Adventure games like GF are often manifestations of the “Hero’s Journey,” Joseph Campbell’s “Monomyth” path of trials, setbacks and successes influenced by Freud, Jung and Aristotle’s “Poetics.” Most genre tales and Hollywood feature films also make their way down this well-beaten path. Many, like GF, even lead the player through an afterlife, or on a trek to paradise. But never before, or since, has there been a journey through the afterlife to paradise like the one in GF.
For settings, adventure games often draw on myth, legend, fiction or film genres as well as other games. As briefly mentioned above, GF is first and foremost a “film noir” flavored video game. These dark crime dramas, characterized by cynical, world-weary characters living two-bit existences in darkly-lit, archly-framed films, first emerged during World War II.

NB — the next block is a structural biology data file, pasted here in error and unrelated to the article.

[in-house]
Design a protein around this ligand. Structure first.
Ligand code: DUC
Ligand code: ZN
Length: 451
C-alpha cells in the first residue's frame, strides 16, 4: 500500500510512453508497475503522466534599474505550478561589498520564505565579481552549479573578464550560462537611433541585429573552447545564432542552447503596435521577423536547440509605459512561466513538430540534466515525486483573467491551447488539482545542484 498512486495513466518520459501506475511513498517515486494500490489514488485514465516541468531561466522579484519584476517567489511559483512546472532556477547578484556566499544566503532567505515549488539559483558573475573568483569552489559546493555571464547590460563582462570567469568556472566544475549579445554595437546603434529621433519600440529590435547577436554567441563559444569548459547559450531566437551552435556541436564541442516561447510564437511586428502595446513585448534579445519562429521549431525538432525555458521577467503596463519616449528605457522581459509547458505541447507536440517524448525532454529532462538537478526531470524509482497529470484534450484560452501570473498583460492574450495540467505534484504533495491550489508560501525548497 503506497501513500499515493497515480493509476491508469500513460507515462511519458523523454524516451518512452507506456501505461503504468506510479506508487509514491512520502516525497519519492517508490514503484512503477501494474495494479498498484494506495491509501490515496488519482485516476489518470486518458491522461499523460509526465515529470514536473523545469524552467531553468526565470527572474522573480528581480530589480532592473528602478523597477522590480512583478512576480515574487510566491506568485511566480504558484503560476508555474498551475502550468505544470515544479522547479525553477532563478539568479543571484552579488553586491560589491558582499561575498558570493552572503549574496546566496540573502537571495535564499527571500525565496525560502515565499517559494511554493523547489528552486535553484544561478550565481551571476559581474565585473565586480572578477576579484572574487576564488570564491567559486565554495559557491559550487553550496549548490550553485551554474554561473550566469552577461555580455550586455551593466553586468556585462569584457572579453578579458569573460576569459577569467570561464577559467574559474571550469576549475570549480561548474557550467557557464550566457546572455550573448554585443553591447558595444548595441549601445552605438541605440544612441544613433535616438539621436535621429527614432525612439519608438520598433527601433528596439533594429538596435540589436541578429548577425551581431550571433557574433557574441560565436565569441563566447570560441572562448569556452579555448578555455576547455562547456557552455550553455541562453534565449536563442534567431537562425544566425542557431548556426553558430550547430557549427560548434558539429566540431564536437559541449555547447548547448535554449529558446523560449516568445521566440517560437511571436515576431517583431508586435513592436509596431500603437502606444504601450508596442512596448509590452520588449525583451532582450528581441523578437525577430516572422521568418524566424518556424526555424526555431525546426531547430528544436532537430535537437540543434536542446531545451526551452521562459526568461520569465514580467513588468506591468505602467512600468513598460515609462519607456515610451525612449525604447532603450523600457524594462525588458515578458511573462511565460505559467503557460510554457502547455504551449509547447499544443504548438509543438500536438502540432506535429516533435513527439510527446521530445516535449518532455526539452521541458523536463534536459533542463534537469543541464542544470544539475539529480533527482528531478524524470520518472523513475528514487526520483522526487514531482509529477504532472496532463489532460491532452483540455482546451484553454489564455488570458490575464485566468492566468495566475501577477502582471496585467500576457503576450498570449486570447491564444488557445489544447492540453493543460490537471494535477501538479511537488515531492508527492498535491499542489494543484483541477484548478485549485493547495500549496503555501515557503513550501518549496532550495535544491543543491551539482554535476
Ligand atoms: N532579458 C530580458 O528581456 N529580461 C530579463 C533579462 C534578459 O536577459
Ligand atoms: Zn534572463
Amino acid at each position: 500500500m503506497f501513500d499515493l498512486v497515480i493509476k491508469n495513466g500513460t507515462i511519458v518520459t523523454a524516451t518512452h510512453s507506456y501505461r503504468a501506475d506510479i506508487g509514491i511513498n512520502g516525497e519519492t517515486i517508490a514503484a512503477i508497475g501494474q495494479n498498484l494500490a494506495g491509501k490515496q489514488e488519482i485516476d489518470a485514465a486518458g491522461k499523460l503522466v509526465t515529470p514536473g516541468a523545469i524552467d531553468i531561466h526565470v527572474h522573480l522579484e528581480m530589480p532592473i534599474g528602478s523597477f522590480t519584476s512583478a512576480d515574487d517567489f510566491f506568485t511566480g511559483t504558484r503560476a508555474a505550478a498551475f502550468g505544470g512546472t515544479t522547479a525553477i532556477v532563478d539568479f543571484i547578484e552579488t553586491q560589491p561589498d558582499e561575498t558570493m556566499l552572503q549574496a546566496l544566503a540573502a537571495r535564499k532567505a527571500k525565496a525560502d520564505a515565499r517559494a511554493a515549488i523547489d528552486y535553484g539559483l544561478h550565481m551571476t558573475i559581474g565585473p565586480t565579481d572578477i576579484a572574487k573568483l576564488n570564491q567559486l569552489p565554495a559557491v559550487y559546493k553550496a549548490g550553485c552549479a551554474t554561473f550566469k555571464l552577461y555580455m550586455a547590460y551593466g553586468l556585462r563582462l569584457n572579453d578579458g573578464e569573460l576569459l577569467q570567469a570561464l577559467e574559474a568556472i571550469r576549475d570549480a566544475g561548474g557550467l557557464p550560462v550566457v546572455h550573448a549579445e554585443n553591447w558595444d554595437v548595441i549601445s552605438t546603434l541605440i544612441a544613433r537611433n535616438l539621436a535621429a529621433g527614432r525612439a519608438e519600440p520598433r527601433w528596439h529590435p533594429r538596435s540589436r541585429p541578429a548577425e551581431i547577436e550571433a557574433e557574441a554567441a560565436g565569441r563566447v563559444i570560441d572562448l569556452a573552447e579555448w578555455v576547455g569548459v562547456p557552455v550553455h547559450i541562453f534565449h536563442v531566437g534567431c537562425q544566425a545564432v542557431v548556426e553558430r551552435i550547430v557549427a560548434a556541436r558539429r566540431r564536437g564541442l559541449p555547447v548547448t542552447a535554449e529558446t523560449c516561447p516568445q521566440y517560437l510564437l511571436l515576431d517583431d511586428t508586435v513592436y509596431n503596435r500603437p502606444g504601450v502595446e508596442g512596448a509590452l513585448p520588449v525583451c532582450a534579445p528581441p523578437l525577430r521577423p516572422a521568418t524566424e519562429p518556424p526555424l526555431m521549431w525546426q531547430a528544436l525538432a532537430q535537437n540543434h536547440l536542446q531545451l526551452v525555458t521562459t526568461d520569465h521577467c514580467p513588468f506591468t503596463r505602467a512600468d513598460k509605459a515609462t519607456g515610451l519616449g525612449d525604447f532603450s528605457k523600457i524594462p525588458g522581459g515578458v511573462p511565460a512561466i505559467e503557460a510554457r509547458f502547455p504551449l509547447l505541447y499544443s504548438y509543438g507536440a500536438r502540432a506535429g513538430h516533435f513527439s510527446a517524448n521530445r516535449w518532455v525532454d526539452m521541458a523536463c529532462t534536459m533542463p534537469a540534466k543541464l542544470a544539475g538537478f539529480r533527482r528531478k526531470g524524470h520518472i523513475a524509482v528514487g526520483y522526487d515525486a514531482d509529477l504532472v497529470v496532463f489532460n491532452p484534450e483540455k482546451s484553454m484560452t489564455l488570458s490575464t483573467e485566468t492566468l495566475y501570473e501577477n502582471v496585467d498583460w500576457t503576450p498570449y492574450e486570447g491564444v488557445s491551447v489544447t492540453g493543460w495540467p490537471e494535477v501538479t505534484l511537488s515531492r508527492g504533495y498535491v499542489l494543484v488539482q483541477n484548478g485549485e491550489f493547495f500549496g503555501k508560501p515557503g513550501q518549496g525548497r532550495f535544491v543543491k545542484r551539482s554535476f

The opening screen and cinematic of GF solidly set this period tone and style of the game. First it starts with ominous music and a screen that shows an ashtray with a smoking cigarette in the foreground, and a calaca Mariachi quartet knick-knack behind it as the title fades in and out. Cut to a long shot of a dimly-lit office space with a dejected figure in a forties suit and hat sitting at a table. An opening door creaks behind the camera, light spills into the office from the hallway.
Manny: “Sorry to keep you waiting Mr. Flores I’m ready to take you now.”
Flores: “Take me, take me where?”
Cut to a close up of Flores’ foot nervously tapping beneath the table
Manny: “Now, now, there’s no need to be nervous.”
Flores: “Nervous.. No…”
Cut to close up of Flores, his head tracking as he follows Manny across
Flores: “ …just your appearance, it’s a little intimidating.”